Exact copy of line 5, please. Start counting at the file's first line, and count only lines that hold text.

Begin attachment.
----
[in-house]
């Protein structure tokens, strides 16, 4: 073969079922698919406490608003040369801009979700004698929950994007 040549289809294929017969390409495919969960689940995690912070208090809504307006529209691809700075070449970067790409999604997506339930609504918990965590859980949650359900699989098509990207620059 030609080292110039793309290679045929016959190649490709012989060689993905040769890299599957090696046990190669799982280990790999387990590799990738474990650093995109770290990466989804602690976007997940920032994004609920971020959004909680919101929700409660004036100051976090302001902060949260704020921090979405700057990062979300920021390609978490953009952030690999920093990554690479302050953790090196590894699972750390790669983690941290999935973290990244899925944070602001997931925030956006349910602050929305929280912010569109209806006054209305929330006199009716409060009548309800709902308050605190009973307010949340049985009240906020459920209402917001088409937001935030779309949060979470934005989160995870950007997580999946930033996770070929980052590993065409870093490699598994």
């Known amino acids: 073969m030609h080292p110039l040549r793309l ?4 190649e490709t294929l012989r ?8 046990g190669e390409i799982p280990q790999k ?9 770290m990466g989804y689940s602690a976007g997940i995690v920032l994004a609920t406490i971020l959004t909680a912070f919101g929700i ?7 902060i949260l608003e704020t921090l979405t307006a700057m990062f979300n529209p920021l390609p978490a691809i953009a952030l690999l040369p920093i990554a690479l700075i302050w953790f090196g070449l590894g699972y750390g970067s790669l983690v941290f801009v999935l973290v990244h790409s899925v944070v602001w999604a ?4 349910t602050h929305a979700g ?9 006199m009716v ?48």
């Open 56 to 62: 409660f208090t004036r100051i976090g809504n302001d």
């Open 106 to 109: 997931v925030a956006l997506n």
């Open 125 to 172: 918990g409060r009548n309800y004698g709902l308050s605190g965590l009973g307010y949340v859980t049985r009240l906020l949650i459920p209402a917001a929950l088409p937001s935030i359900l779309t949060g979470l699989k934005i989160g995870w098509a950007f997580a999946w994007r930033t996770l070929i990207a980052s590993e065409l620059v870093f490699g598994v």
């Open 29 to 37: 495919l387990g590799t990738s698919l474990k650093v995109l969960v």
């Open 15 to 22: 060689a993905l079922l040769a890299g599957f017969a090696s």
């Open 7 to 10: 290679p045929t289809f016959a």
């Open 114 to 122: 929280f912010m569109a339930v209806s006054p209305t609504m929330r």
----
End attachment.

């Open 106 to 109: 997931v925030a956006l997506n």